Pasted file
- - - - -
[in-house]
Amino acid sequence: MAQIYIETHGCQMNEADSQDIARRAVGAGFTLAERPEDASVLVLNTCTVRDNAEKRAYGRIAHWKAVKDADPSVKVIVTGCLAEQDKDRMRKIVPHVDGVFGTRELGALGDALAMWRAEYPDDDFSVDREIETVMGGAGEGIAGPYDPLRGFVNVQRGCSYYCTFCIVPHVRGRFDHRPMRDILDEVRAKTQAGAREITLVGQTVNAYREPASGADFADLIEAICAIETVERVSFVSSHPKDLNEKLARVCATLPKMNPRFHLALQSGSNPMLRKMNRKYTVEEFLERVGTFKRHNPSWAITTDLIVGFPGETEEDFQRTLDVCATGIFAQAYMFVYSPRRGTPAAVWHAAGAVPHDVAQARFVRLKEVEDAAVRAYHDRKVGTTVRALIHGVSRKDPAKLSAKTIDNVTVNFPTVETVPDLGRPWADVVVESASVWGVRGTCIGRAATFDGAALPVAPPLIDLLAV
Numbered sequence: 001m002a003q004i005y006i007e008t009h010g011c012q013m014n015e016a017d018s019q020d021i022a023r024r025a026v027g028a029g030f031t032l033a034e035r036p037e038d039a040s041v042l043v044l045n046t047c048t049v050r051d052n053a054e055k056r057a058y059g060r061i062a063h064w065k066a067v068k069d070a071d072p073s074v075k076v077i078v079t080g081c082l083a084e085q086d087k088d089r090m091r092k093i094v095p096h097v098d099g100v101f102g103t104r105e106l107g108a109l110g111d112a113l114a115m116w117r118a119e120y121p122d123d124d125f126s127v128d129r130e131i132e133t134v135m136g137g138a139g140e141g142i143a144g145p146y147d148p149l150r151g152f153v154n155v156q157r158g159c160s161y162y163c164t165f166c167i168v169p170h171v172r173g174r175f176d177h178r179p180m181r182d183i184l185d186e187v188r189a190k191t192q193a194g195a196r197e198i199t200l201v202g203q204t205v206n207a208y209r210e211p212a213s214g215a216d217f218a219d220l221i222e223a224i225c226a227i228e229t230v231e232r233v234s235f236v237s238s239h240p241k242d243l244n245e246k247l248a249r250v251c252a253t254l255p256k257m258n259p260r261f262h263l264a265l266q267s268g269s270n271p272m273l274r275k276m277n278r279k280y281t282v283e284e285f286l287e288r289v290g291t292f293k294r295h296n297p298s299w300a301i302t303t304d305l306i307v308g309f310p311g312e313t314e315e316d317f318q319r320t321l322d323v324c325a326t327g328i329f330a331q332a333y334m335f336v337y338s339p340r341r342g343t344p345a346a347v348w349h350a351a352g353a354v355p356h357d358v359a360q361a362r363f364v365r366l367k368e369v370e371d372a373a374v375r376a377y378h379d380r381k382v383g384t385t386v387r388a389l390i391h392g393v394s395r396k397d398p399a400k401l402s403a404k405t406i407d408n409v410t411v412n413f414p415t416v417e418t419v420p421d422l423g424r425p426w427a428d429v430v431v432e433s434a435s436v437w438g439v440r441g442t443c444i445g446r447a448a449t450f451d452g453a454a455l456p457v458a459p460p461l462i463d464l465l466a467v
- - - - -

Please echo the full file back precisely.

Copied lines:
[in-house]
Amino acid sequence: MAQIYIETHGCQMNEADSQDIARRAVGAGFTLAERPEDASVLVLNTCTVRDNAEKRAYGRIAHWKAVKDADPSVKVIVTGCLAEQDKDRMRKIVPHVDGVFGTRELGALGDALAMWRAEYPDDDFSVDREIETVMGGAGEGIAGPYDPLRGFVNVQRGCSYYCTFCIVPHVRGRFDHRPMRDILDEVRAKTQAGAREITLVGQTVNAYREPASGADFADLIEAICAIETVERVSFVSSHPKDLNEKLARVCATLPKMNPRFHLALQSGSNPMLRKMNRKYTVEEFLERVGTFKRHNPSWAITTDLIVGFPGETEEDFQRTLDVCATGIFAQAYMFVYSPRRGTPAAVWHAAGAVPHDVAQARFVRLKEVEDAAVRAYHDRKVGTTVRALIHGVSRKDPAKLSAKTIDNVTVNFPTVETVPDLGRPWADVVVESASVWGVRGTCIGRAATFDGAALPVAPPLIDLLAV
Numbered sequence: 001m002a003q004i005y006i007e008t009h010g011c012q013m014n015e016a017d018s019q020d021i022a023r024r025a026v027g028a029g030f031t032l033a034e035r036p037e038d039a040s041v042l043v044l045n046t047c048t049v050r051d052n053a054e055k056r057a058y059g060r061i062a063h064w065k066a067v068k069d070a071d072p073s074v075k076v077i078v079t080g081c082l083a084e085q086d087k088d089r090m091r092k093i094v095p096h097v098d099g100v101f102g103t104r105e106l107g108a109l110g111d112a113l114a115m116w117r118a119e120y121p122d123d124d125f126s127v128d129r130e131i132e133t134v135m136g137g138a139g140e141g142i143a144g145p146y147d148p149l150r151g152f153v154n155v156q157r158g159c160s161y162y163c164t165f166c167i168v169p170h171v172r173g174r175f176d177h178r179p180m181r182d183i184l185d186e187v188r189a190k191t192q193a194g195a196r197e198i199t200l201v202g203q204t205v206n207a208y209r210e211p212a213s214g215a216d217f218a219d220l221i222e223a224i225c226a227i228e229t230v231e232r233v234s235f236v237s238s239h240p241k242d243l244n245e246k247l248a249r250v251c252a253t254l255p256k257m258n259p260r261f262h263l264a265l266q267s268g269s270n271p272m273l274r275k276m277n278r279k280y281t282v283e284e285f286l287e288r289v290g291t292f293k294r295h296n297p298s299w300a301i302t303t304d305l306i307v308g309f310p311g312e313t314e315e316d317f318q319r320t321l322d323v324c325a326t327g328i329f330a331q332a333y334m335f336v337y338s339p340r341r342g343t344p345a346a347v348w349h350a351a352g353a354v355p356h357d358v359a360q361a362r363f364v365r366l367k368e369v370e371d372a373a374v375r376a377y378h379d380r381k382v383g384t385t386v387r388a389l390i391h392g393v394s395r396k397d398p399a400k401l402s403a404k405t406i407d408n409v410t411v412n413f414p415t416v417e418t419v420p421d422l423g424r425p426w427a428d429v430v431v432e433s434a435s436v437w438g439v440r441g442t443c444i445g446r447a448a449t450f451d452g453a454a455l456p457v458a459p460p461l462i463d464l465l466a467v